Currency Pair of the Week: AUD/NZD

AUD/NZD has been trending higher after putting in a low of .9990 on March 18th.


On August 8th, the Reserve Bank of Australia (RBA) met and left rates unchanged at 0.25%.  However, they did say that they would begin buying 3-year bonds, something they haven’t done since May, as they try and target the short-term yield. At the time, the RBA had recognized recent localized shutdowns and said that rates would remain at current levels until inflation is sustainable within 2% to 3% target.  Since that meeting, the number of daily increases in coronavirus cases has slowed significantly (Melbourne down to 279 new cases on Sunday from 725 on August 5th), which is helping push the Australian Dollar higher.  RBA Governor Lowe said last week that he would prefer a weaker currency, however he recognized that the Aussie was not overvalued. The markets took this as a signal put push it higher!   RBA minutes from the August 8th meeting will be released this week.

As the number of coronavirus cases are decreasing in Australia, they are increasing in New Zealand.  After going over 100 days without any new coronavirus cases, New Zealand recently had an outbreak in Auckland and the city was put on lockdown.  As of Sunday, the number of recent new cases was up to 69.  There has been talk that the new outbreak could postpone September 19th general elections.  Prime Minister Arden said she will decide by Monday.  The Reserve Bank of New Zealand RBNZ met last week, and as a result of the recent breakout, the central bank remained dovish.  They decided to leave rates unchanged at a record low of 0.25%, while increasing the asset purchase program to NZD100 billion.  The RBNZ also noted that if lockdowns increase, the central bank may have to bring rates below 0%.  As a result of the outbreaks and the RBNZ meeting, the Kiwi took a hit last week against major world currencies.

AUD/NZD has been trending higher after putting in a low of .9990 on  March 18th.  This week, the pair pushed through key horizontal resistance near 1.0860.  This level has acted as a magnet for the currency pair, oscillating around it since December 2013!  There is a long-term trendline which crosses just above near 1.1050.

Source: Tradingview, City Index

On a daily timeframe, AUD/NZD is running into a bit of resistance near the 127% Fibonacci extension level from the highs on June 2nd to the lows on July 13th, near 1.0970.  Above there is horizontal resistance near the psychological resistance level of 1.1000 and then the previously mentioned long-term trendline near 1.1050.  The RSI is also overbought, indicating the pair many be ready for a pullback.  First support is the long-term horizontal level at 1.0860.  Below that is trendline support from the lows of July 13th near 1.0810, then then horizontal support near 1.0750.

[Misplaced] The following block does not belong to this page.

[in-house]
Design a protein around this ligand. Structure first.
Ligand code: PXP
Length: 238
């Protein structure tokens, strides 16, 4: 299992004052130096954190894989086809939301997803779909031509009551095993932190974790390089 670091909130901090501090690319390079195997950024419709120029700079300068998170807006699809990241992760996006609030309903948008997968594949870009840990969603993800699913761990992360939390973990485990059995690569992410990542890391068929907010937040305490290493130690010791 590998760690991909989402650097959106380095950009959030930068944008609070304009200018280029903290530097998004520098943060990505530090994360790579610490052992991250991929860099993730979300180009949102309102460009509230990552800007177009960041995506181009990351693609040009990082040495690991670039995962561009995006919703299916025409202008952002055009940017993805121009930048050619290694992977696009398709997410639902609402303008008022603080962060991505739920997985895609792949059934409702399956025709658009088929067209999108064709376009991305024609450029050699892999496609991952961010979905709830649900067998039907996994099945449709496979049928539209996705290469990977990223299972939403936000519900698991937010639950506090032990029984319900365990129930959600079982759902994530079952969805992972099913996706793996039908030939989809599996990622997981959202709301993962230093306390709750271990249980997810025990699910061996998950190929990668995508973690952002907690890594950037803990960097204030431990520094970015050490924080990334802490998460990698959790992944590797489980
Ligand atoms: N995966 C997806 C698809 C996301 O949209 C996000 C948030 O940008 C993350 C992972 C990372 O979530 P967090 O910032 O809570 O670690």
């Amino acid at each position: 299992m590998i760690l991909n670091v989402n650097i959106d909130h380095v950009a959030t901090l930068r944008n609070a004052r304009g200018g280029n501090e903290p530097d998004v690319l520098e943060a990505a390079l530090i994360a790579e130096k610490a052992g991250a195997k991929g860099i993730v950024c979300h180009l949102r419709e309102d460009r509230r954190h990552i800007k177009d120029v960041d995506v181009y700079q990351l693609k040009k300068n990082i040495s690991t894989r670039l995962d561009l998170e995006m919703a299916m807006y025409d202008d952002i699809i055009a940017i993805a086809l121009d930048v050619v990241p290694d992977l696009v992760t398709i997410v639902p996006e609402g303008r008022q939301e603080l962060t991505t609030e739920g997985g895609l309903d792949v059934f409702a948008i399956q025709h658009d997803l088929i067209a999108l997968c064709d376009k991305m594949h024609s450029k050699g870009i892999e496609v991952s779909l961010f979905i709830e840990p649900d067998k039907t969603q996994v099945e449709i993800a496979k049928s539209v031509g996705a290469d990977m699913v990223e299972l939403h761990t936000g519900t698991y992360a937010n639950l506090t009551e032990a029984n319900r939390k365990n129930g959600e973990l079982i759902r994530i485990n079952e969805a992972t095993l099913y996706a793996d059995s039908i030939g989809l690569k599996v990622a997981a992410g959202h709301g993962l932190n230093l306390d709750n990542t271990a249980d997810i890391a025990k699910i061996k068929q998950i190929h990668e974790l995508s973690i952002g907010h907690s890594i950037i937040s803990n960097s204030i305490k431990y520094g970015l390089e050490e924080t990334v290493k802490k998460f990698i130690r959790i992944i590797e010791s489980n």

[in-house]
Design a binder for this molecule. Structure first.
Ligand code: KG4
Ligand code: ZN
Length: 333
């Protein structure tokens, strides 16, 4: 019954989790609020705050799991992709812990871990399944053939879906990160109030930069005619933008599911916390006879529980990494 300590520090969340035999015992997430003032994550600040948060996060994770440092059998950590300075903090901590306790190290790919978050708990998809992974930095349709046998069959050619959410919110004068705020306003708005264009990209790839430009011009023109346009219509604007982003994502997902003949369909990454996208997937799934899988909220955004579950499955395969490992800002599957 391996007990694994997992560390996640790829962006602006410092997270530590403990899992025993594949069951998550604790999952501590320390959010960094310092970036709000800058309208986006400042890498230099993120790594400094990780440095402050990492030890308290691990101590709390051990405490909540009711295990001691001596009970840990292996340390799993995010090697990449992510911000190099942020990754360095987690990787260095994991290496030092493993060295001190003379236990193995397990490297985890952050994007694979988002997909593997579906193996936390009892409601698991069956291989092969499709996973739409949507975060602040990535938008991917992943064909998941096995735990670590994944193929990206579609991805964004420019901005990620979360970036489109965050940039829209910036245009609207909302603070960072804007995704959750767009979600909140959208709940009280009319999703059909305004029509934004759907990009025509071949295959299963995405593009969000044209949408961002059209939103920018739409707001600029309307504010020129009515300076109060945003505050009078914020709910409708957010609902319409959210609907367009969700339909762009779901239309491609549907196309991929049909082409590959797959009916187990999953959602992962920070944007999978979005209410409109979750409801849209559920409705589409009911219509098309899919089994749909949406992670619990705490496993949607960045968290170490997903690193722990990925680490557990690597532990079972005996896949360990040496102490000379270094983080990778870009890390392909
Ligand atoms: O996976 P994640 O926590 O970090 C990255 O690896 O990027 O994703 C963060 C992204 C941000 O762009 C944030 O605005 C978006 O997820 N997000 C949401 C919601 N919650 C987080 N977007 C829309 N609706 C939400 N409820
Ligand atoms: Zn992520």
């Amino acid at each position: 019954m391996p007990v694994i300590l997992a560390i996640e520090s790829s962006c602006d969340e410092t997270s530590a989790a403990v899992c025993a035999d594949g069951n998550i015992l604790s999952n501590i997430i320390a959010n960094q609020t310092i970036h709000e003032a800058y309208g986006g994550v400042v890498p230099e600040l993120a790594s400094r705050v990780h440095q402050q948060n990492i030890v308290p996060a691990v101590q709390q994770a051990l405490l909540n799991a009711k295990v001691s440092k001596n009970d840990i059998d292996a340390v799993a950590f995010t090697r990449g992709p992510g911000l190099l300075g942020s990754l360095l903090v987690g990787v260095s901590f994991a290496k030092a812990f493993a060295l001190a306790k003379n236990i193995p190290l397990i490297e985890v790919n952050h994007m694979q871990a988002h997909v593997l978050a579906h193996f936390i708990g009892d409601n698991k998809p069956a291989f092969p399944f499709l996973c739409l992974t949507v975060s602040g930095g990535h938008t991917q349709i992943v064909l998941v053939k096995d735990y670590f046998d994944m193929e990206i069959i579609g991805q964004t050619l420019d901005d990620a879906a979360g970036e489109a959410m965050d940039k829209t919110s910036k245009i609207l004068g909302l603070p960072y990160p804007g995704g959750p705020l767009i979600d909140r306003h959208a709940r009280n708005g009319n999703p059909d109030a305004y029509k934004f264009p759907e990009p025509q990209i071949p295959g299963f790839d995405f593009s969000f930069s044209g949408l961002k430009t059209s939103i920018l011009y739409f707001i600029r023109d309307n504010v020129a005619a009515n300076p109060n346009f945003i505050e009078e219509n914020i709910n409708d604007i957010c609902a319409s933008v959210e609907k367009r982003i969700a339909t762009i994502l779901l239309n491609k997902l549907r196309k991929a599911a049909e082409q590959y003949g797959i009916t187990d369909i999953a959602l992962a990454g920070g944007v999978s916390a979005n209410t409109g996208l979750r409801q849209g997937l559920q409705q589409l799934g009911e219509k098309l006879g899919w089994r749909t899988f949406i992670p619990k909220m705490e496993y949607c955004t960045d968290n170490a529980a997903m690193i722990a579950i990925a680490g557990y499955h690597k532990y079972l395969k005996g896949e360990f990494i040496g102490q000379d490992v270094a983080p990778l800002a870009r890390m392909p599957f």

Source: Tradingview, City Index

As long as coronavirus cases continue to rise in New Zealand and fall in Australia, AUD/NZD should remain bid.  The RBA and RBNZ will continue to craft monetary policy based off the increase or decrease in the number of new cases and lockdowns, however both have indicated “lower for longer”.  Watch for a short-term correction as the pair is running into resistance and the RSI is overbought.

From time to time, GAIN Capital Australia Pty Ltd (“we”, “our”) website may contain links to other sites and/or resources provided by third parties. These links and/or resources are provided for your information only and we have no control over the contents of those materials, and in no way endorse their content. Any analysis, opinion, commentary or research-based material on our website is for information and educational purposes only and is not, in any circumstances, intended to be an offer, recommendation or solicitation to buy or sell. You should always seek independent advice as to your suitability to speculate in any related markets and your ability to assume the associated risks, if you are at all unsure. No representation or warranty is made, express or implied, that the materials on our website are complete or accurate. We are not under any obligation to update any such material.

As such, we (and/or our associated companies) will not be responsible or liable for any loss or damage incurred by you or any third party arising out of, or in connection with, any use of the information on our website (other than with regards to any duty or liability that we are unable to limit or exclude by law or under the applicable regulatory system) and any such liability is hereby expressly disclaimed.